Announced on the OpenSolaris forums by 4Front Technologies is that they will be open-sourcing the Open Sound System (OSS) on June 14th. 4Front's Open Sound will be licensed under the CDDL for Solaris and GPLv2 for Linux, BSD, and other platforms. This is great news and you can share your thoughts on it in the Phoronix Foruns. Additional information will come a week from today, June 14, when the announcement is officially made.
After months of waiting, Dell has finally announced on their Direct2Dell blog that they will be offering their US customers the option of Ubuntu 7.04 Feisty Fawn on the Dell XPS 410n, Dimension E520n, and the Inspiron E1505n laptop. These Dell Ubuntu systems all will be available for less than $1000 USD. Dell has also pledged to continue to work forward on working with vendors to improve Linux drivers.
John Hull, the manager of Linux OS Technologies at Dell, has shed some more light on the Linux push happening at Dell. In the Direct2Dell Blog, Hull reiterates that the default Ubuntu 7.04 "Feisty Fawn" media will be installed on select Ubuntu desktops and notebooks. He goes on to mention that some restricted closed source drivers will be used (circa Wireless and modems) and that Dell is establishing a Linux Wiki. What Dell will not be offering under Linux are any extra proprietary audio or video codecs and some hardware options. More information on Dell's Linux systems should come out into the spotlight shortly.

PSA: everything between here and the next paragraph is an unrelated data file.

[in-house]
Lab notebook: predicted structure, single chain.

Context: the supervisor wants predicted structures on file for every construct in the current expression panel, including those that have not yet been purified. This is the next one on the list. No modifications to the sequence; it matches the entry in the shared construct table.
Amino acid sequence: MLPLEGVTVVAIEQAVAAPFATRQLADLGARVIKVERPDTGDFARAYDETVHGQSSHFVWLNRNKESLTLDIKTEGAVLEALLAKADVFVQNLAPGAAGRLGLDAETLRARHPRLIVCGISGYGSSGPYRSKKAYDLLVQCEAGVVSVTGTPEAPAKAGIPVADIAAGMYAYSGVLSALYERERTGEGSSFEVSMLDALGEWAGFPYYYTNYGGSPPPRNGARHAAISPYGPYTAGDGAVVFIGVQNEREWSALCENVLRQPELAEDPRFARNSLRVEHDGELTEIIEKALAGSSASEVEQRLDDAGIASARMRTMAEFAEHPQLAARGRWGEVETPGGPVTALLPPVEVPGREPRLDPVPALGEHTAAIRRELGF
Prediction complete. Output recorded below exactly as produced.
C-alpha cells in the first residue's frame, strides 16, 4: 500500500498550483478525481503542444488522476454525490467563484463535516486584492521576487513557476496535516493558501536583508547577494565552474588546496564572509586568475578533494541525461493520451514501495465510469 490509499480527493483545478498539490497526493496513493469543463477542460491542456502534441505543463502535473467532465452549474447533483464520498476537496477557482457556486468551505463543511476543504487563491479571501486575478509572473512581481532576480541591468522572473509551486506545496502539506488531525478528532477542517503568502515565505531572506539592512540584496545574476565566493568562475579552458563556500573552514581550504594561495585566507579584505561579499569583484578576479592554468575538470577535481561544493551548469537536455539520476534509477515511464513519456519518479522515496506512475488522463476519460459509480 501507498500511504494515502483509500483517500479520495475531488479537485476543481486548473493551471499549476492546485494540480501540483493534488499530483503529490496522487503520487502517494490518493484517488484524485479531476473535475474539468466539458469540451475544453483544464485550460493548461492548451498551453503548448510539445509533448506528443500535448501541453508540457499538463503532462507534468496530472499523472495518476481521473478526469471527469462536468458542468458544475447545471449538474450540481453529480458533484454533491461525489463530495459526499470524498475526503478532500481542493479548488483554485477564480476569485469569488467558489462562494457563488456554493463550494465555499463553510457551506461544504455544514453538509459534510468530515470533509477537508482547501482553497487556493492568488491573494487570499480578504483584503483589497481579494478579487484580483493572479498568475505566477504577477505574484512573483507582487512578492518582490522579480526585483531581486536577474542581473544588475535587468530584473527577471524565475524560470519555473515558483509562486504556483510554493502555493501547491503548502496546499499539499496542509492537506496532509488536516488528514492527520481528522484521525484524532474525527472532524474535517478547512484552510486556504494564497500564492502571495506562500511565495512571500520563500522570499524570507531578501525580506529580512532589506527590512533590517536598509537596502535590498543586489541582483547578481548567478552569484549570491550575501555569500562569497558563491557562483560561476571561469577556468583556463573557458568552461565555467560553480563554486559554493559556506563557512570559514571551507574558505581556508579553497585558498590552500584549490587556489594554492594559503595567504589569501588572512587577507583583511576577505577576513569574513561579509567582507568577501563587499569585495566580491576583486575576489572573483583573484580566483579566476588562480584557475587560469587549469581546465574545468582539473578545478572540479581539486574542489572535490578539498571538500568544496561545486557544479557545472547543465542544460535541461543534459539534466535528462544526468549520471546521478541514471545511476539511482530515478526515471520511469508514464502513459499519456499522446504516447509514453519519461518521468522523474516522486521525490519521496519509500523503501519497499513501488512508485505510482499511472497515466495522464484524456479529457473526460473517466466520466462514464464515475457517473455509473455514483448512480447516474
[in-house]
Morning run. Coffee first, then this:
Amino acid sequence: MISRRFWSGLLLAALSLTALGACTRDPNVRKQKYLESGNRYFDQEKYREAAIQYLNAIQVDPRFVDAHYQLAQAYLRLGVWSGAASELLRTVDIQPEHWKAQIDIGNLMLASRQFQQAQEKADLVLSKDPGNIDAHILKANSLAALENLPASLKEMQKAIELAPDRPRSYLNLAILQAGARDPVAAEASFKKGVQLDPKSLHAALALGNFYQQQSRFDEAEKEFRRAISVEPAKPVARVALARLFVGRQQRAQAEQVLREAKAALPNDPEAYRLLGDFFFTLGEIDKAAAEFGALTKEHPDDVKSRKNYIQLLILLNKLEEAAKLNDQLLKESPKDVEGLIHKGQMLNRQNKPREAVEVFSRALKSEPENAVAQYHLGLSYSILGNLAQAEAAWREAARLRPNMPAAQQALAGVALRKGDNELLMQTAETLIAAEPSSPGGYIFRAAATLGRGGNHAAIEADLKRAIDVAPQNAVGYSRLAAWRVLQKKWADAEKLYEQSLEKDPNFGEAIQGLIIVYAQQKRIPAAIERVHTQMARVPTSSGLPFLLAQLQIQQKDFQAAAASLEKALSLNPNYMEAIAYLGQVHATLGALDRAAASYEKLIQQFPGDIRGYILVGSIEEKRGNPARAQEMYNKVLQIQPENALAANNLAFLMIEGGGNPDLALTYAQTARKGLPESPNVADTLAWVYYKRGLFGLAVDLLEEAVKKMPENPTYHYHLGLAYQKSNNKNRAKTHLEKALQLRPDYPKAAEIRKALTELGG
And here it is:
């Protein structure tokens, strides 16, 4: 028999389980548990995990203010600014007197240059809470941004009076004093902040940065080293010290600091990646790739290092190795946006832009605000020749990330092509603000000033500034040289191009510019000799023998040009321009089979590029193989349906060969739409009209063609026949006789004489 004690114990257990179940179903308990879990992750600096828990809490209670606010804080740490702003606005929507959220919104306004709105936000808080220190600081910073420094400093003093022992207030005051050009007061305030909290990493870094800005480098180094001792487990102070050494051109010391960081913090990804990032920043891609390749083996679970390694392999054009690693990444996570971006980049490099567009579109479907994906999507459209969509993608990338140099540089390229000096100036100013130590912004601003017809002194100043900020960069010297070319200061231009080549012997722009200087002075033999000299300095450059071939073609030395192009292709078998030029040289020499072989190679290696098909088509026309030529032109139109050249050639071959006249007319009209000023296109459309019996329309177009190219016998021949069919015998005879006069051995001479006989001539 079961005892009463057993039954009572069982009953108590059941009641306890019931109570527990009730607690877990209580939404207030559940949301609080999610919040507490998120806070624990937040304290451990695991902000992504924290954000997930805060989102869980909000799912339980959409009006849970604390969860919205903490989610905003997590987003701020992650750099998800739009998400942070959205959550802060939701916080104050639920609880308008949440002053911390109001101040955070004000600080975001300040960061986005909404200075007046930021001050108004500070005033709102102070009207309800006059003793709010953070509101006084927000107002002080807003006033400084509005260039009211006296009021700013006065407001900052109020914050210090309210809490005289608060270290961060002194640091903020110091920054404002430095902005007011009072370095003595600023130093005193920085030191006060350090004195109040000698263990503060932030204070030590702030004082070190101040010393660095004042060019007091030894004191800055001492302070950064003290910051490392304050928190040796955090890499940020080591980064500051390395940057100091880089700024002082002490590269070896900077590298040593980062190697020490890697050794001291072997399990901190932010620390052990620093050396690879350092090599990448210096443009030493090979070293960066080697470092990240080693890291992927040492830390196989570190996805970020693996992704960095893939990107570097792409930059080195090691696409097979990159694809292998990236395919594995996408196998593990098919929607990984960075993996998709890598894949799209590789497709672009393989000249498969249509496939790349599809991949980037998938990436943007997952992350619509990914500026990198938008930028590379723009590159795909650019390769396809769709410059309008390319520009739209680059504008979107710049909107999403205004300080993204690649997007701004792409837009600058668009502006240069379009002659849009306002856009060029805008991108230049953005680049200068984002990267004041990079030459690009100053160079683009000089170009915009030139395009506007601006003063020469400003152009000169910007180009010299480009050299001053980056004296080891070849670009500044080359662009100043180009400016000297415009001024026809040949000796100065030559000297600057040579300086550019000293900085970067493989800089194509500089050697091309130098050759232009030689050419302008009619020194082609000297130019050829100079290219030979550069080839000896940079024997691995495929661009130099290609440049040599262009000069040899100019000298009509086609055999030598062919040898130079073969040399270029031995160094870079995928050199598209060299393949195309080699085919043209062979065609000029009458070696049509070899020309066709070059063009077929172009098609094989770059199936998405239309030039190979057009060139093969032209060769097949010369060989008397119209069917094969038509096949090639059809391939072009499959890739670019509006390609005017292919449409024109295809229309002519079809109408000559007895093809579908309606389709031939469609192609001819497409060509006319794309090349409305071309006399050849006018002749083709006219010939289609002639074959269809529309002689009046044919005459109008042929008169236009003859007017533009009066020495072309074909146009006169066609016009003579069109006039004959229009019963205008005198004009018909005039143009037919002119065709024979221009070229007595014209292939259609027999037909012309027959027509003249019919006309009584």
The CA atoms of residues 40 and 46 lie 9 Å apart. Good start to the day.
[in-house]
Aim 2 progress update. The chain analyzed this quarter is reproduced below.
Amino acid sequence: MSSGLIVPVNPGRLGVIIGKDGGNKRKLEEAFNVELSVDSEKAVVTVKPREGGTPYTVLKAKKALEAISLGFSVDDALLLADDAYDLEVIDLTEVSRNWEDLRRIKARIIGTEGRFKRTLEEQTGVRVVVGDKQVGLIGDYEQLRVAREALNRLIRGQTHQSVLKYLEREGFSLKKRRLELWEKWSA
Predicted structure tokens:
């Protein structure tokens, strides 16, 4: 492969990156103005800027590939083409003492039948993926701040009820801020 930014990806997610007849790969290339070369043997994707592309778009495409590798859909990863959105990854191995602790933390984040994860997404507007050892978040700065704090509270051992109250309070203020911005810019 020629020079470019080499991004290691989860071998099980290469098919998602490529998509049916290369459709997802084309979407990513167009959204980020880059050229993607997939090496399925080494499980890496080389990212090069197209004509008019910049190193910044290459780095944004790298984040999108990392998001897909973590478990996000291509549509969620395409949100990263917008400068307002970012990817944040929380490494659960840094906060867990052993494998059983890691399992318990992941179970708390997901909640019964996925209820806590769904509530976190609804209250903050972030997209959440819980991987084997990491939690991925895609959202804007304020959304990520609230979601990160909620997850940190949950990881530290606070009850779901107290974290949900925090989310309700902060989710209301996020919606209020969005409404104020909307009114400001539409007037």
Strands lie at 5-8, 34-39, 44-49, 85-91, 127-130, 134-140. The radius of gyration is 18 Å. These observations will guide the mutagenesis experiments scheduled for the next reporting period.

If you were hoping to use a Creative X-Fi series sound card under Linux in the near future, think again. Last June we told you that Creative was planning on Q2'2007 for delivering a binary blob to support the X-Fi series along with delivering full support for ALSA and OpenAL v1.1 with EAX effects. Creative has now updated their open-source page saying that their closed-source X-Fi Linux driver will not even be in a public beta until the end of third quarter or fourth quarter this year. With the beta not even being available until the end of the year, we would be very surprised if Creative Labs will even deliver a stable X-Fi driver this year at all. What's the reason for this delay? It's due to Microsoft's Vista: "It has taken more resources than expect[ed] to redesign our software and drivers for Vista." Keep in mind that the driver they will be delivering to Linux X-Fi owners isn't even open-source.
In March we told you that Dell would start shipping Linux PCs, but all of the details were yet to be determined. However, it's now official that Dell has chosen Ubuntu 7.04 Feisty Fawn as the Linux distribution that will begin shipping on select Dell notebook and desktop computers. Ubuntu availability on select products should begin this month with Dell now fully supporting Mark Shuttleworth's creation. This announcement became official when Dell and Canonical issued a joint statement today on the matter. Additional information is available at Tech Target.
Last month with Dell's launch of their IdeaStorm website it made Linux a top priority for not only Dell servers but also notebook and desktops. As a result of the overwhelming feedback, Dell will shortly be introducing notebooks and desktops in the United States that ship with Linux pre-installed! This is a great accomplishment of having Linux being a factory installed option. No Linux distribution(s) have yet been named for what will be supported. More information is available from Dell. There is also a discussion in the Phoronix Forums: Dell Confirms plans to use Linux.